RULER - Determination of the remaining service life of lubricants

Year of publication: 2003

Oils age as well: Reactions of the oil molecules and additives with atmospheric oxygen cause the oils to oxidize. Elevated oil temperatures of over 60 °C, catalytic impurities and intensive air intake accelerate the aging process.
If the oil oxidizes, it ages and its remaining useful life decreases. To slow down this reaction chain and extend the life of the oil, special additives known as oxidation inhibitors or antioxidants are added to the lubricants.
So far, only the oxidation of the mineral oil-based base oils has been determined by infrared spectroscopy by comparison with the fresh oil. With the "RULER", an improved test procedure is available which, in addition to monitoring the base oil, serves in particular to check the antioxidants. OELCHECK has been using one of these test devices since 2003.


RULER is the acronym for Remaining Useful Life Evaluation Routine, a system for determining the remaining useful life of oil. The technology was developed in the mid-1980s to determine the remaining useful life of lubricants in gas turbines and was successfully tested experimentally in A-10 aircraft during the Gulf War.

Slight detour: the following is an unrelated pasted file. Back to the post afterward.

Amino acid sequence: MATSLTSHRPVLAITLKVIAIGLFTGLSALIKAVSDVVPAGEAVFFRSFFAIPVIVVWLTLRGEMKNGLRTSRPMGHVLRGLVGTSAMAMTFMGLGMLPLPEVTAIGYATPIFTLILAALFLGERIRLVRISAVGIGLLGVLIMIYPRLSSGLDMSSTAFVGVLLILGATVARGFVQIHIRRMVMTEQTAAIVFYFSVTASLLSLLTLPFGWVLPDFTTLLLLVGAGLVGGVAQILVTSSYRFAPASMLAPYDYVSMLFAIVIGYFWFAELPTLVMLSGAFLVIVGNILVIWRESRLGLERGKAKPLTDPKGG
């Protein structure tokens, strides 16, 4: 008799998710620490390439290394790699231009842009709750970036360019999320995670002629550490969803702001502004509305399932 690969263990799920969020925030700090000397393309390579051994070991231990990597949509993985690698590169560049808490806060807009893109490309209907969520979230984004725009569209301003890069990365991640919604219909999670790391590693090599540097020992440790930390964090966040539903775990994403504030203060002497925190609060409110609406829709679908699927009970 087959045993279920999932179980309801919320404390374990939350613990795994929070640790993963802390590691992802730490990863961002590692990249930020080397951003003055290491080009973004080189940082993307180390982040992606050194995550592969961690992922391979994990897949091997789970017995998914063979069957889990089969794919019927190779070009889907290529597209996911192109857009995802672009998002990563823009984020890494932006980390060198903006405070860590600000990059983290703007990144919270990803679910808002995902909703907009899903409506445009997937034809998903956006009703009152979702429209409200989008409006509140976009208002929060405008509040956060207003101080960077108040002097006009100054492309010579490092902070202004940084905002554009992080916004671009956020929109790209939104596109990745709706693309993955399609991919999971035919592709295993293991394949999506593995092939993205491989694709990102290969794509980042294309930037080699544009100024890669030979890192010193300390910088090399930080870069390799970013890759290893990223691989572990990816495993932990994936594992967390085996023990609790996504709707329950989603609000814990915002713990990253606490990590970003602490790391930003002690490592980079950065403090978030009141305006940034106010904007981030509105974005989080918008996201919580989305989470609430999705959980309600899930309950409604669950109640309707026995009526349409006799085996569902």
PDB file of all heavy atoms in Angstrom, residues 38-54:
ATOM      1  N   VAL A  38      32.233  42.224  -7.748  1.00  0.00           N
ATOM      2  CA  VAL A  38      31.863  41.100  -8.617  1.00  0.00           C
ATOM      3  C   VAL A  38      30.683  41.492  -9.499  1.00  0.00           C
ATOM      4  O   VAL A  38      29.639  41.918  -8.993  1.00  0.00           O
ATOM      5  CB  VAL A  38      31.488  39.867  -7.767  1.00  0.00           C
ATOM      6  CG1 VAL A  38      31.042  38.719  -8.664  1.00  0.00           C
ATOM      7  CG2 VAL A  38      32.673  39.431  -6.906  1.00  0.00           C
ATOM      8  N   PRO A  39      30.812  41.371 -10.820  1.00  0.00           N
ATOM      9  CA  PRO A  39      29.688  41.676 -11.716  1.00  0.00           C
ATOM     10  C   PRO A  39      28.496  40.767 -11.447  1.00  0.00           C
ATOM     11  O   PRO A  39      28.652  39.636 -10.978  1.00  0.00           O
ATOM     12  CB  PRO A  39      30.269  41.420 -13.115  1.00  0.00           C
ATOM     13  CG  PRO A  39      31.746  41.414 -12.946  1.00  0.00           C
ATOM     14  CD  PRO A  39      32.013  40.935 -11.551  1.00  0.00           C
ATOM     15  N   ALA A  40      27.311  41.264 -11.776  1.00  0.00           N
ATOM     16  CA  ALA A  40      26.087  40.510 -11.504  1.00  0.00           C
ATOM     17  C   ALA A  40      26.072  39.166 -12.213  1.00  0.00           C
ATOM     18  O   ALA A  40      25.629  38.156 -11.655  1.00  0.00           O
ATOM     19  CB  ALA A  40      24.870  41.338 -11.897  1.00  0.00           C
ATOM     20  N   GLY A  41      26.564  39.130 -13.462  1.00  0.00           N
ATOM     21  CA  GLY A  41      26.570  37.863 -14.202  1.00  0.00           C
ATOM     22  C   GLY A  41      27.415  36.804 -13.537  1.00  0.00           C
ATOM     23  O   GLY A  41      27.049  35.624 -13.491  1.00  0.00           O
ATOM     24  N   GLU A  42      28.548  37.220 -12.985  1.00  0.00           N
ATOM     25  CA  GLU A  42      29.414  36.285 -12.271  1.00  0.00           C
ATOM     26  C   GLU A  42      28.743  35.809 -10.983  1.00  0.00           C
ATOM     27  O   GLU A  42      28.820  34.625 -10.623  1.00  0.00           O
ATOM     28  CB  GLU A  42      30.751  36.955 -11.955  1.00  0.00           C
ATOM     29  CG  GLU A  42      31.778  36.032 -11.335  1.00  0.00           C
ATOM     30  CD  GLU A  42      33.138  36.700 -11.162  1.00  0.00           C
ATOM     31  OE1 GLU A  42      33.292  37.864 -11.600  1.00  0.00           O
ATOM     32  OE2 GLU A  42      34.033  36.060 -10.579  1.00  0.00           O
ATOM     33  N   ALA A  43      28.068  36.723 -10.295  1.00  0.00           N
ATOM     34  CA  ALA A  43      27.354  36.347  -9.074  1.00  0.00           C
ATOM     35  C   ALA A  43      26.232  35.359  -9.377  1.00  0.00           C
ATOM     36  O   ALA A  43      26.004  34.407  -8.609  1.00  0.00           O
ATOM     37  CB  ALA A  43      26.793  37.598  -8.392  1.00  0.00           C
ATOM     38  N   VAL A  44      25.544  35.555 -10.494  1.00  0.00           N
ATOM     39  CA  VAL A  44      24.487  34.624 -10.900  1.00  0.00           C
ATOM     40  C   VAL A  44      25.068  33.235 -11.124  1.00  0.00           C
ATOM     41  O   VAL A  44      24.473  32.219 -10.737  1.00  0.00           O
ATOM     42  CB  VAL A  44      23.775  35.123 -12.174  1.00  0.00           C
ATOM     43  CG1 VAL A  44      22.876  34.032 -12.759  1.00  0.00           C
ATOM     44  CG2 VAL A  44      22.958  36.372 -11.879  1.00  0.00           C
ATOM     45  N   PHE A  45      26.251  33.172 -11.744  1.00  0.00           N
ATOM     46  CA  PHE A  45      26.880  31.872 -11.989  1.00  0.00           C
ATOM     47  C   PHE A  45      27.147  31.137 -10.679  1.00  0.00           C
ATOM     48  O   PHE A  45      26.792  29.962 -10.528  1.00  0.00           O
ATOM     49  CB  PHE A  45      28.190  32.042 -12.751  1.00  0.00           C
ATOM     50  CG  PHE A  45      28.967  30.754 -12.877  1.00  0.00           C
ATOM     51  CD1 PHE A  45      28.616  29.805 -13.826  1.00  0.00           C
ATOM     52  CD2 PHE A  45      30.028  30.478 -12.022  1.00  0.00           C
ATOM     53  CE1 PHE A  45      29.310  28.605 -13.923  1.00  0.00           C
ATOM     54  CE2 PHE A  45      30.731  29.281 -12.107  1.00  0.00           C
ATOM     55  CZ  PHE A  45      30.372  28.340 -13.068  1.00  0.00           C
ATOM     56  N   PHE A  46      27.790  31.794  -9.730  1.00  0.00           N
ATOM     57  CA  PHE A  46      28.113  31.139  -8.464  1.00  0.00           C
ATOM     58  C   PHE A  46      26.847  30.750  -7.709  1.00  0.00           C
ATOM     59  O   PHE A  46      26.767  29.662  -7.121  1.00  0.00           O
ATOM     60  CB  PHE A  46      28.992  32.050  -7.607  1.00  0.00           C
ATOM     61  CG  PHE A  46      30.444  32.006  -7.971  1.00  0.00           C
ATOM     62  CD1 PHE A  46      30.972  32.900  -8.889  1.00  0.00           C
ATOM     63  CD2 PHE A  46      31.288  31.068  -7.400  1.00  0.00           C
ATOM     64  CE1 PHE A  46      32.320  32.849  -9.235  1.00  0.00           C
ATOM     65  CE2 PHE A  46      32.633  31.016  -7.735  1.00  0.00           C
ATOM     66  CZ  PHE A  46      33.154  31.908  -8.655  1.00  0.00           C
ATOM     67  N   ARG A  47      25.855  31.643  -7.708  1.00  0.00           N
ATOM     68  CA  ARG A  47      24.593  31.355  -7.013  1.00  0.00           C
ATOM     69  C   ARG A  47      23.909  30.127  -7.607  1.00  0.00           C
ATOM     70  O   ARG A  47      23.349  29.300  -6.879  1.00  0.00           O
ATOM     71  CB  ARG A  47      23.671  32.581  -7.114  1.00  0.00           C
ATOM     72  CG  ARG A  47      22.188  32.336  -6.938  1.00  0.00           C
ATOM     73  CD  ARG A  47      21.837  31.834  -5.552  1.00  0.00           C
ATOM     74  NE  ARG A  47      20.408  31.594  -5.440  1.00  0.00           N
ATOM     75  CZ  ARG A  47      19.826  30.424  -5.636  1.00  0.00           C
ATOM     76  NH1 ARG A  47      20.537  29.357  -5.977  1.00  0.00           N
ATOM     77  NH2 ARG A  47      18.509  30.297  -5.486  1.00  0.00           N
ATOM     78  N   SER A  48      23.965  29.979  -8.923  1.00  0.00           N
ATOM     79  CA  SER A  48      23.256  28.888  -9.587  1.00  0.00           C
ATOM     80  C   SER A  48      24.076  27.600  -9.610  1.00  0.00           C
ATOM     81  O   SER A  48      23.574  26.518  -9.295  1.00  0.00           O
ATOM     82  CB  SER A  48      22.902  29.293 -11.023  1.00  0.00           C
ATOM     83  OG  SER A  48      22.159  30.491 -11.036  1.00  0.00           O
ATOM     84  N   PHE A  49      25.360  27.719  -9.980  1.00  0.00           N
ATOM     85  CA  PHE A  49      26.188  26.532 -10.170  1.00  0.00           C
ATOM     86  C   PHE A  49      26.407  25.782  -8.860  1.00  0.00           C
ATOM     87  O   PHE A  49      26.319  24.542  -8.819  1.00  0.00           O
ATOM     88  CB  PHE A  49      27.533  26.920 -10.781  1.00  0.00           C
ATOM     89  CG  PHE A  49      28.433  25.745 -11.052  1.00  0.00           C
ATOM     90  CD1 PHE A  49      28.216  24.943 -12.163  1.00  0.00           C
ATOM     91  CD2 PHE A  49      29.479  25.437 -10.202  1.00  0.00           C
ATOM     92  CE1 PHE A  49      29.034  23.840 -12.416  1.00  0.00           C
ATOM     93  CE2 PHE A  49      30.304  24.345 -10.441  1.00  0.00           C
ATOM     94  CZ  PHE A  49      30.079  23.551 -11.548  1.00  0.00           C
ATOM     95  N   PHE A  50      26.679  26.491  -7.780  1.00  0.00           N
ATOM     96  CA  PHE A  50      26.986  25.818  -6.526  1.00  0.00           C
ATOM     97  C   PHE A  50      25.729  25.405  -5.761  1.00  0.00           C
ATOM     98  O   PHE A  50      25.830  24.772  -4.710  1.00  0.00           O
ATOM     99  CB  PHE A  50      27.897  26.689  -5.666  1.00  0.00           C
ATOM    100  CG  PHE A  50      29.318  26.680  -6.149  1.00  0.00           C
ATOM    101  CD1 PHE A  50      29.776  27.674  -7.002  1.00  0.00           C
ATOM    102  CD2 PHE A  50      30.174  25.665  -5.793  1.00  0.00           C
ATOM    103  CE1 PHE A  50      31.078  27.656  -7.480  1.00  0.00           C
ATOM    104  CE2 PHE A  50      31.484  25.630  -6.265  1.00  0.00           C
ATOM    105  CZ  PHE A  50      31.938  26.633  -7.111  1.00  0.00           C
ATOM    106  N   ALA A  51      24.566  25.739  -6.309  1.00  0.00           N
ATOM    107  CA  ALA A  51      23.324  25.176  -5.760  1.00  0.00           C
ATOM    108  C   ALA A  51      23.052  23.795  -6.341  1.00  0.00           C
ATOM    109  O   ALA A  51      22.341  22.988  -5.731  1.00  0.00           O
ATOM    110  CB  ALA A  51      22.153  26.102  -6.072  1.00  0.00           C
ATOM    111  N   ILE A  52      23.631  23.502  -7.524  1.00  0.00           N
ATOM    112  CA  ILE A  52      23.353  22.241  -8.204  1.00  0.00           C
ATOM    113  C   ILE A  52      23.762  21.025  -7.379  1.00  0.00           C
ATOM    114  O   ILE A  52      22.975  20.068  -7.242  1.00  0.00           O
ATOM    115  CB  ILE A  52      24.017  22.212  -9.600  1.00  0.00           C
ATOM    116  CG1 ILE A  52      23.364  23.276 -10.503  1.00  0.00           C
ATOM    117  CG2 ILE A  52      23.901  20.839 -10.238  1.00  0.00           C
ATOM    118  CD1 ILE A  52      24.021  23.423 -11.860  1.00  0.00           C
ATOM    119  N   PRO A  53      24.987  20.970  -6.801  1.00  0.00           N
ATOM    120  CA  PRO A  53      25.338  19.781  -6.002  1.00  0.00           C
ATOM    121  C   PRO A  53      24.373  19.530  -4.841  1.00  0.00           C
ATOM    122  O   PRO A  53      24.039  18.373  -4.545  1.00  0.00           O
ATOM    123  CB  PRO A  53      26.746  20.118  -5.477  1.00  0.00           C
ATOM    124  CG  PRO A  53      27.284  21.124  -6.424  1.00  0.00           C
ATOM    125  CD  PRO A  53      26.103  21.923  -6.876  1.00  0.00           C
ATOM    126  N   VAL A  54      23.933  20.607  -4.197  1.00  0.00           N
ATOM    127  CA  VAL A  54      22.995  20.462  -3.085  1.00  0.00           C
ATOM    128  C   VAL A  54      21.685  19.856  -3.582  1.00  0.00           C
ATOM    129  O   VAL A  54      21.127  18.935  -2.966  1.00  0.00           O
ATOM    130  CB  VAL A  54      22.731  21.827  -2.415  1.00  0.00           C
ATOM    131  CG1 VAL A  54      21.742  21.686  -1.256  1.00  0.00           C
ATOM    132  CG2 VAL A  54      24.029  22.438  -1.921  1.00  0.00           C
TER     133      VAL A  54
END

The term "remaining useful life" or residual useful life makes it clear that the RULER device can be used to determine the period of time during which oxidation of the lubricant can still be reliably prevented by the antioxidants added to the oil or grease. The antioxidant content measured with the RULER is directly related to the maximum remaining useful life of the used oil sample. The RULER number decreases as the amount of oxidation inhibitors not yet used decreases.